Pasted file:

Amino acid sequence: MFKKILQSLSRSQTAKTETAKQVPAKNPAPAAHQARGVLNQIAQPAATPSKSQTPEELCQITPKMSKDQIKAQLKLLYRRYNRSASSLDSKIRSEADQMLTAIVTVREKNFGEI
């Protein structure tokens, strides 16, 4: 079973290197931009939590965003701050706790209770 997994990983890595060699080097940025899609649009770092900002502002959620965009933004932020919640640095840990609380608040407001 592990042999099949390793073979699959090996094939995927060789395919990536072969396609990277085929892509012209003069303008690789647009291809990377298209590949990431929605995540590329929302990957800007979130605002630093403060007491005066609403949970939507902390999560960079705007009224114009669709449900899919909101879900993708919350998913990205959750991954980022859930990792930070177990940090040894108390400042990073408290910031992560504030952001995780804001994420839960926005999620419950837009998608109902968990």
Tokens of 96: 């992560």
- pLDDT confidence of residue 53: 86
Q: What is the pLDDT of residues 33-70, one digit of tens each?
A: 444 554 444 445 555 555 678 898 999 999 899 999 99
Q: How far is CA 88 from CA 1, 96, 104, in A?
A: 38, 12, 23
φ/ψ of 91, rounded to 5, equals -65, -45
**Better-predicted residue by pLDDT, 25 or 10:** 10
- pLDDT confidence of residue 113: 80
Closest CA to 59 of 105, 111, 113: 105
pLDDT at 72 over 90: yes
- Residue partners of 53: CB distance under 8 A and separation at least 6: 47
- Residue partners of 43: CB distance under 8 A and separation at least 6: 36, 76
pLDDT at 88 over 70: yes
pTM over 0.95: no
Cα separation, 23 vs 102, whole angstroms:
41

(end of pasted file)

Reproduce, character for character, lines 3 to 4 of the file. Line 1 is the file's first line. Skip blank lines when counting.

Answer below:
Tokens of 96: 């992560």
- pLDDT confidence of residue 53: 86